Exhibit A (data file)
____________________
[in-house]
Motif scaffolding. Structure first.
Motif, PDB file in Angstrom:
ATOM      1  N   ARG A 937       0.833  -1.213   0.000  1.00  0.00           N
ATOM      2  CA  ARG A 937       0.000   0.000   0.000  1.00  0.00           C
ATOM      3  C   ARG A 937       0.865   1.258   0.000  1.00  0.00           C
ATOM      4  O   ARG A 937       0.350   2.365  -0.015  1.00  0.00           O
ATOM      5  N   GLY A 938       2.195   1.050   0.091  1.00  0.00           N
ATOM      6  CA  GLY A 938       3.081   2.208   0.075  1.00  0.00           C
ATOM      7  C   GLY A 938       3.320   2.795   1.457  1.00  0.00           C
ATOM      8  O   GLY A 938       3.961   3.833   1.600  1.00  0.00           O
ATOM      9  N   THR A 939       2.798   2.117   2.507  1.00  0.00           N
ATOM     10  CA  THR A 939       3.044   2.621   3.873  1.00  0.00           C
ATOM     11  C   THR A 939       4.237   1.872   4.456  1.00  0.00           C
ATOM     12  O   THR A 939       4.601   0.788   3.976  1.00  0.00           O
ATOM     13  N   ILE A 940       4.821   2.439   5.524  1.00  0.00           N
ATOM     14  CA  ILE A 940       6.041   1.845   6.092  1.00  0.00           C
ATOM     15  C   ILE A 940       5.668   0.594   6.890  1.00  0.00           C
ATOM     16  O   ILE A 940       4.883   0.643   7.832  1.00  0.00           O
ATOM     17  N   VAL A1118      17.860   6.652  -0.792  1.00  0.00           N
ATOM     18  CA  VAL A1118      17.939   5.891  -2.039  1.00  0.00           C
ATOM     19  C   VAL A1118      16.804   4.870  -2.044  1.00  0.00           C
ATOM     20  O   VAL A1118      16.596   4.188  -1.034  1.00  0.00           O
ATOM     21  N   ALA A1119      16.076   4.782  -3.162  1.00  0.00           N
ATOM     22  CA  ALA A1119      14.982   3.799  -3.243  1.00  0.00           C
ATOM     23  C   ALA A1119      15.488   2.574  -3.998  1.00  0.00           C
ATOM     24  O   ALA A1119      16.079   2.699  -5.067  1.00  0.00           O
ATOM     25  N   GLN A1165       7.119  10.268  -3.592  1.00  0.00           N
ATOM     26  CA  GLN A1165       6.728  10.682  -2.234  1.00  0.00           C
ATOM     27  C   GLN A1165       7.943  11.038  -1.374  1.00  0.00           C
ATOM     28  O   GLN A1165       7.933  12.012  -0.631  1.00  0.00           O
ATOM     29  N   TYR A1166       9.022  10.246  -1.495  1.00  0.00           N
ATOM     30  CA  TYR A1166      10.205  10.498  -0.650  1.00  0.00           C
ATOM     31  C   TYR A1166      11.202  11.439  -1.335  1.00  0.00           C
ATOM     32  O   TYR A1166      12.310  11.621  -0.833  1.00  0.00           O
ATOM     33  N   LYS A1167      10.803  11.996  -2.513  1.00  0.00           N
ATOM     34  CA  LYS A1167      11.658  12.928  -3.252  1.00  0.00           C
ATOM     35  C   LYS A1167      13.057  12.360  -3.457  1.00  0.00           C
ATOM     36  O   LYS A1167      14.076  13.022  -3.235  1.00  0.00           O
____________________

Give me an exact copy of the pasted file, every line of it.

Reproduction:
[in-house]
Motif scaffolding. Structure first.
Motif, PDB file in Angstrom:
ATOM      1  N   ARG A 937       0.833  -1.213   0.000  1.00  0.00           N
ATOM      2  CA  ARG A 937       0.000   0.000   0.000  1.00  0.00           C
ATOM      3  C   ARG A 937       0.865   1.258   0.000  1.00  0.00           C
ATOM      4  O   ARG A 937       0.350   2.365  -0.015  1.00  0.00           O
ATOM      5  N   GLY A 938       2.195   1.050   0.091  1.00  0.00           N
ATOM      6  CA  GLY A 938       3.081   2.208   0.075  1.00  0.00           C
ATOM      7  C   GLY A 938       3.320   2.795   1.457  1.00  0.00           C
ATOM      8  O   GLY A 938       3.961   3.833   1.600  1.00  0.00           O
ATOM      9  N   THR A 939       2.798   2.117   2.507  1.00  0.00           N
ATOM     10  CA  THR A 939       3.044   2.621   3.873  1.00  0.00           C
ATOM     11  C   THR A 939       4.237   1.872   4.456  1.00  0.00           C
ATOM     12  O   THR A 939       4.601   0.788   3.976  1.00  0.00           O
ATOM     13  N   ILE A 940       4.821   2.439   5.524  1.00  0.00           N
ATOM     14  CA  ILE A 940       6.041   1.845   6.092  1.00  0.00           C
ATOM     15  C   ILE A 940       5.668   0.594   6.890  1.00  0.00           C
ATOM     16  O   ILE A 940       4.883   0.643   7.832  1.00  0.00           O
ATOM     17  N   VAL A1118      17.860   6.652  -0.792  1.00  0.00           N
ATOM     18  CA  VAL A1118      17.939   5.891  -2.039  1.00  0.00           C
ATOM     19  C   VAL A1118      16.804   4.870  -2.044  1.00  0.00           C
ATOM     20  O   VAL A1118      16.596   4.188  -1.034  1.00  0.00           O
ATOM     21  N   ALA A1119      16.076   4.782  -3.162  1.00  0.00           N
ATOM     22  CA  ALA A1119      14.982   3.799  -3.243  1.00  0.00           C
ATOM     23  C   ALA A1119      15.488   2.574  -3.998  1.00  0.00           C
ATOM     24  O   ALA A1119      16.079   2.699  -5.067  1.00  0.00           O
ATOM     25  N   GLN A1165       7.119  10.268  -3.592  1.00  0.00           N
ATOM     26  CA  GLN A1165       6.728  10.682  -2.234  1.00  0.00           C
ATOM     27  C   GLN A1165       7.943  11.038  -1.374  1.00  0.00           C
ATOM     28  O   GLN A1165       7.933  12.012  -0.631  1.00  0.00           O
ATOM     29  N   TYR A1166       9.022  10.246  -1.495  1.00  0.00           N
ATOM     30  CA  TYR A1166      10.205  10.498  -0.650  1.00  0.00           C
ATOM     31  C   TYR A1166      11.202  11.439  -1.335  1.00  0.00           C
ATOM     32  O   TYR A1166      12.310  11.621  -0.833  1.00  0.00           O
ATOM     33  N   LYS A1167      10.803  11.996  -2.513  1.00  0.00           N
ATOM     34  CA  LYS A1167      11.658  12.928  -3.252  1.00  0.00           C
ATOM     35  C   LYS A1167      13.057  12.360  -3.457  1.00  0.00           C
ATOM     36  O   LYS A1167      14.076  13.022  -3.235  1.00  0.00           O